Some years ago I had a severe reaction to poison oak. I was covered from my shoulders to my ankles. I went to the doctor immediately and requested a shot. All that got me was another reaction and I swelled up like a blimp. I thought I might pop!
In bed at night, I would find myself scratching away in frenzy at my skin. It didn’t help; it just made me itch more, and I was bruised from all the scratching. I felt like I was going insane.
My mind told me not to scratch; the itching will just get worse. But my reaction was to scratch myself to misery. Doesn’t make sense, right?!
This is how it feels when you’re in a state of stress or anxiety.
There is a part of you that knows the logical truth. But you ignore your insights and head straight into reactions and thoughts that cause misery. It feels like a state of temporary insanity. It’s easy to observe in yourself once you return to your natural state of being.
A process begins in the mind that paints a picture of disaster and pain that has not yet occurred. Your body and emotions react as if the picture is real. Soon you feel alone in the situation, not able to get a handle on yourself. The negative thoughts won’t stop. Argh!
If you can talk to someone who’s not attached to the situation and who can think logically, do it as soon as you notice your state of temporary insanity.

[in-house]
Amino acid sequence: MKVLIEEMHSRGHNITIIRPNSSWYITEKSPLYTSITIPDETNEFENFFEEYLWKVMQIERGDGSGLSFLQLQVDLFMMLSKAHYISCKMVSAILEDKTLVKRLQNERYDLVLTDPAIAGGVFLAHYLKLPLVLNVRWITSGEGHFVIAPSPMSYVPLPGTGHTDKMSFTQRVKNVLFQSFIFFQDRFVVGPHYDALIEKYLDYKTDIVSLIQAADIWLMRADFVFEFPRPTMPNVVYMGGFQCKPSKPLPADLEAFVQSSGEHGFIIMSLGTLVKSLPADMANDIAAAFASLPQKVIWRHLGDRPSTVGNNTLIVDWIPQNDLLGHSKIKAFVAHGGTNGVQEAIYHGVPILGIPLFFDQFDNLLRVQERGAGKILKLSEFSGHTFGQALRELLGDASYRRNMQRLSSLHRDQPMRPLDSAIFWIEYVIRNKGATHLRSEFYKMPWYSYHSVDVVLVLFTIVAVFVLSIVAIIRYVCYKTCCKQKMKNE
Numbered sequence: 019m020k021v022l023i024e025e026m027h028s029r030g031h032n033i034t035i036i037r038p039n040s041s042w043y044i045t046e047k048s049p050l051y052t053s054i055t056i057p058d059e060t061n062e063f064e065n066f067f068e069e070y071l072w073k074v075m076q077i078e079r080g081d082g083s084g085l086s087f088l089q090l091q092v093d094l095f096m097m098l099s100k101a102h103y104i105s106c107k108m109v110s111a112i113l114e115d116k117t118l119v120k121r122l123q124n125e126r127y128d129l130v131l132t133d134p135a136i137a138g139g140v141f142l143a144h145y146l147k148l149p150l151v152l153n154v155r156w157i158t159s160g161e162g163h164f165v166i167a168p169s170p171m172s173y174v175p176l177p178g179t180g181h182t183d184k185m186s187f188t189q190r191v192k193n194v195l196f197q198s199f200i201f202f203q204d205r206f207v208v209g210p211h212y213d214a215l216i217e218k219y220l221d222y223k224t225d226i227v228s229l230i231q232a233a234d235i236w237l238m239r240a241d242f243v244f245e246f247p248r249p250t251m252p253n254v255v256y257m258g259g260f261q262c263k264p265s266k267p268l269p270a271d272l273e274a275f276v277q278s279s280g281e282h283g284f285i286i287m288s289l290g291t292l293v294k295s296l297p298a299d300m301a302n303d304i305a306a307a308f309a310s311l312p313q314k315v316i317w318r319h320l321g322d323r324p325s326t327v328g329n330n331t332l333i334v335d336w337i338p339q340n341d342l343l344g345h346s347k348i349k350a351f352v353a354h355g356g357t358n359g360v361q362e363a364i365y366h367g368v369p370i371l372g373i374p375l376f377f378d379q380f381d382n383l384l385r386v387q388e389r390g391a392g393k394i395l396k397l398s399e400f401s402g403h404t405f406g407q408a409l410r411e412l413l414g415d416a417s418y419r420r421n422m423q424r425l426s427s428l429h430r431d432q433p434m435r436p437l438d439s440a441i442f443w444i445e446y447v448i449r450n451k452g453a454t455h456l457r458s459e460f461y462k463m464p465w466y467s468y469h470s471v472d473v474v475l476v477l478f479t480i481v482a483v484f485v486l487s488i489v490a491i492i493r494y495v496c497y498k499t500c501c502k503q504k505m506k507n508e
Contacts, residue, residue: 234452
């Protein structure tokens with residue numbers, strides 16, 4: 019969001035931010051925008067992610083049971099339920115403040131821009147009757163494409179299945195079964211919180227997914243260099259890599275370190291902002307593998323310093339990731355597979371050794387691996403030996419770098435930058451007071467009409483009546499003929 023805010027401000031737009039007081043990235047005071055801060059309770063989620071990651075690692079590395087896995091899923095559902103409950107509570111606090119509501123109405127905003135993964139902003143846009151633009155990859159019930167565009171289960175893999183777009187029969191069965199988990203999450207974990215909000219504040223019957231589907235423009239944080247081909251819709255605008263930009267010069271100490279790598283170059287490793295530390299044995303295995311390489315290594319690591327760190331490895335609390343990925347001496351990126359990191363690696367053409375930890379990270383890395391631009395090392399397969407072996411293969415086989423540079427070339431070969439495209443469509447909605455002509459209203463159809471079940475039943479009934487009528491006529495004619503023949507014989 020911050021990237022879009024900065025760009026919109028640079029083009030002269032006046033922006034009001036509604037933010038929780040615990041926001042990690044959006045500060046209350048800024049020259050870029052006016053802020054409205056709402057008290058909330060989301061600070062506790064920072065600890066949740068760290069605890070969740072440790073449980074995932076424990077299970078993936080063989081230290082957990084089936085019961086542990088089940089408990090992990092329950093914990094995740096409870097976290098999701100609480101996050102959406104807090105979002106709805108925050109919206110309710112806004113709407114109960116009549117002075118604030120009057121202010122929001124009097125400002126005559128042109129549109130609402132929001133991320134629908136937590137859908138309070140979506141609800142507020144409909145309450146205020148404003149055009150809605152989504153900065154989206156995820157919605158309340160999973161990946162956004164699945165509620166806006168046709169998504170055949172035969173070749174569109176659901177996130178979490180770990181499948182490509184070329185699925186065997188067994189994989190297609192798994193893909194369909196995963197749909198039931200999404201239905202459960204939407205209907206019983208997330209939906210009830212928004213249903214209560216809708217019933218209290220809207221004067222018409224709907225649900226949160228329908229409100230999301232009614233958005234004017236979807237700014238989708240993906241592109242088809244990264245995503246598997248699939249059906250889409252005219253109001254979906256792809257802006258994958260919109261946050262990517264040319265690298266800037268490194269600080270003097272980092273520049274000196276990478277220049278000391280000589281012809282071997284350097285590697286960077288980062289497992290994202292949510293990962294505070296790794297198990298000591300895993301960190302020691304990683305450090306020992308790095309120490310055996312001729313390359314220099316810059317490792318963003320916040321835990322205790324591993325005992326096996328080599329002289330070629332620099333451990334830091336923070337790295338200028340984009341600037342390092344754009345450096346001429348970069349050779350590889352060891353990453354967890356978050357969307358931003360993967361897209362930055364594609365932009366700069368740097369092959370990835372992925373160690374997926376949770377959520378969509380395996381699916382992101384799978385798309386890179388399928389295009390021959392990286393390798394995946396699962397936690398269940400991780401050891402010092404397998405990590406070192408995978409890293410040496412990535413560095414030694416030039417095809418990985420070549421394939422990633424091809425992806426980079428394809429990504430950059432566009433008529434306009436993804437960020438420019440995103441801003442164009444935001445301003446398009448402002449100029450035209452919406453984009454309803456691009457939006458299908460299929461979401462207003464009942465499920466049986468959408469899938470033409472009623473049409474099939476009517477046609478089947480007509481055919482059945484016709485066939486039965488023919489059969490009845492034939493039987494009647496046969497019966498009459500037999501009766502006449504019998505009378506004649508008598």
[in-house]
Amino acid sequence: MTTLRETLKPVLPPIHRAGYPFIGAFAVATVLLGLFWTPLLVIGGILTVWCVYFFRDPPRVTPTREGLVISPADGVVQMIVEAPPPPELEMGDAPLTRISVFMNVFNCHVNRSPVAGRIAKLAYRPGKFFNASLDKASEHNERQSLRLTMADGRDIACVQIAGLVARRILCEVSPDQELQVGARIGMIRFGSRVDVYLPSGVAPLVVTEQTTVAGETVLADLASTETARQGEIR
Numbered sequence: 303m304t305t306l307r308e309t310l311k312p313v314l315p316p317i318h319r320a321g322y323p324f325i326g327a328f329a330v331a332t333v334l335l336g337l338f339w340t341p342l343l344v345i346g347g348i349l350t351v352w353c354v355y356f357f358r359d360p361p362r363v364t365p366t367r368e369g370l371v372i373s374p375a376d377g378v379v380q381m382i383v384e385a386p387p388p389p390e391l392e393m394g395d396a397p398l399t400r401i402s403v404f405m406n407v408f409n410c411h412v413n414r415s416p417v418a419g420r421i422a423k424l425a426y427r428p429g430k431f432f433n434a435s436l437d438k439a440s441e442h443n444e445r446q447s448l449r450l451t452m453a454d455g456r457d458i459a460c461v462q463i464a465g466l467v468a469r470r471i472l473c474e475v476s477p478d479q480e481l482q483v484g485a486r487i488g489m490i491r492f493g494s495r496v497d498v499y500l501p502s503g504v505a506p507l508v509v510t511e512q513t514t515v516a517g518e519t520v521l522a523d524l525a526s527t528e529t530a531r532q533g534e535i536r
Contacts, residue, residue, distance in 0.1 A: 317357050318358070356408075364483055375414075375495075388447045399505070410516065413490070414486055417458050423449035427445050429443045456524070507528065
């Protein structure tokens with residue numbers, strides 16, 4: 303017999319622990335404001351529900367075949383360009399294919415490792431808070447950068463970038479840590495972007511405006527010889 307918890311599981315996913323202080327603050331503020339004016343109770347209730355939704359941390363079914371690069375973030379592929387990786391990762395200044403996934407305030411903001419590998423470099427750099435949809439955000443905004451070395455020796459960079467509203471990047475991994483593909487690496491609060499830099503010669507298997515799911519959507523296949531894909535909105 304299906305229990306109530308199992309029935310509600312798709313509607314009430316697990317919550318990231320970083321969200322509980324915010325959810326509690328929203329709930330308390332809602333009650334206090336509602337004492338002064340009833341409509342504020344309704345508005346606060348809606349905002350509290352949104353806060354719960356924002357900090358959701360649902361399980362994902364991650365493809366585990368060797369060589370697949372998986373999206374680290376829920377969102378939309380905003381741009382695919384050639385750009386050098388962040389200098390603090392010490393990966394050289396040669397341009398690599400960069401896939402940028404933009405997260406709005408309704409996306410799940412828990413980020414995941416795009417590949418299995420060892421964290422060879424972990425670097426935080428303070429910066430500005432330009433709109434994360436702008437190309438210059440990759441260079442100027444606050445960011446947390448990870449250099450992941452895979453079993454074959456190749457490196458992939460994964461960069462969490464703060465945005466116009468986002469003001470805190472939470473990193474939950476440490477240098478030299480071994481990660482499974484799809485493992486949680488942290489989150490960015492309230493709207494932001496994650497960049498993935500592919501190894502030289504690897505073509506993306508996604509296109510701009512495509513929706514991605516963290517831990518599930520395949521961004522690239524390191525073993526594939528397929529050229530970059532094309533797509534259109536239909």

You might feel that sharing your situation with someone is too embarrassing. Trust me, I understand the courage it takes. But I know that I’ve never regretted asking for support.
It helps to get out of your head and focus on a solution. And someone else can offer a different perspective that may ease you back into your normal state of mind.
The fastest way out of temporary insanity is to realize that you’re not in your right state of mind that minute. Acknowledge that your thoughts are not real. They are being produced by fear.
Fear comes when you feel that you don’t have control over something and the results aren’t going to be to your liking. Usually when a fear-based thought comes up, it is a worst-case scenario… focusing on the past or the future.
It helps to breathe and ask yourself to become present. Suspend all thinking of the situation for a moment. This will give you time to come back into your body.
Then ask yourself, “What are the true facts about this event?”
Not your interpretations, just the facts. Then deal with just the facts. I know when you’re in the middle of something it may be difficult to set emotions aside. It helps if you don’t talk about the “story” or your fears in length. The more you talk about it in detail, the more you’ll react to it.
If you are a person who wants a lot out of life, you will tend to get more passionate about everything. Many of my coaches and mentors over the years have reminded me to not be hard on myself when I realize I’ve been in deep fear… so I’m reminding you to do the same.
All that matters is that you find your center again. Remember who you are. You can create any darn thing you please. But you can’t get there if you stay a prisoner to your fear.
Get assistance if you can’t coach yourself out of your fear. Support abounds!
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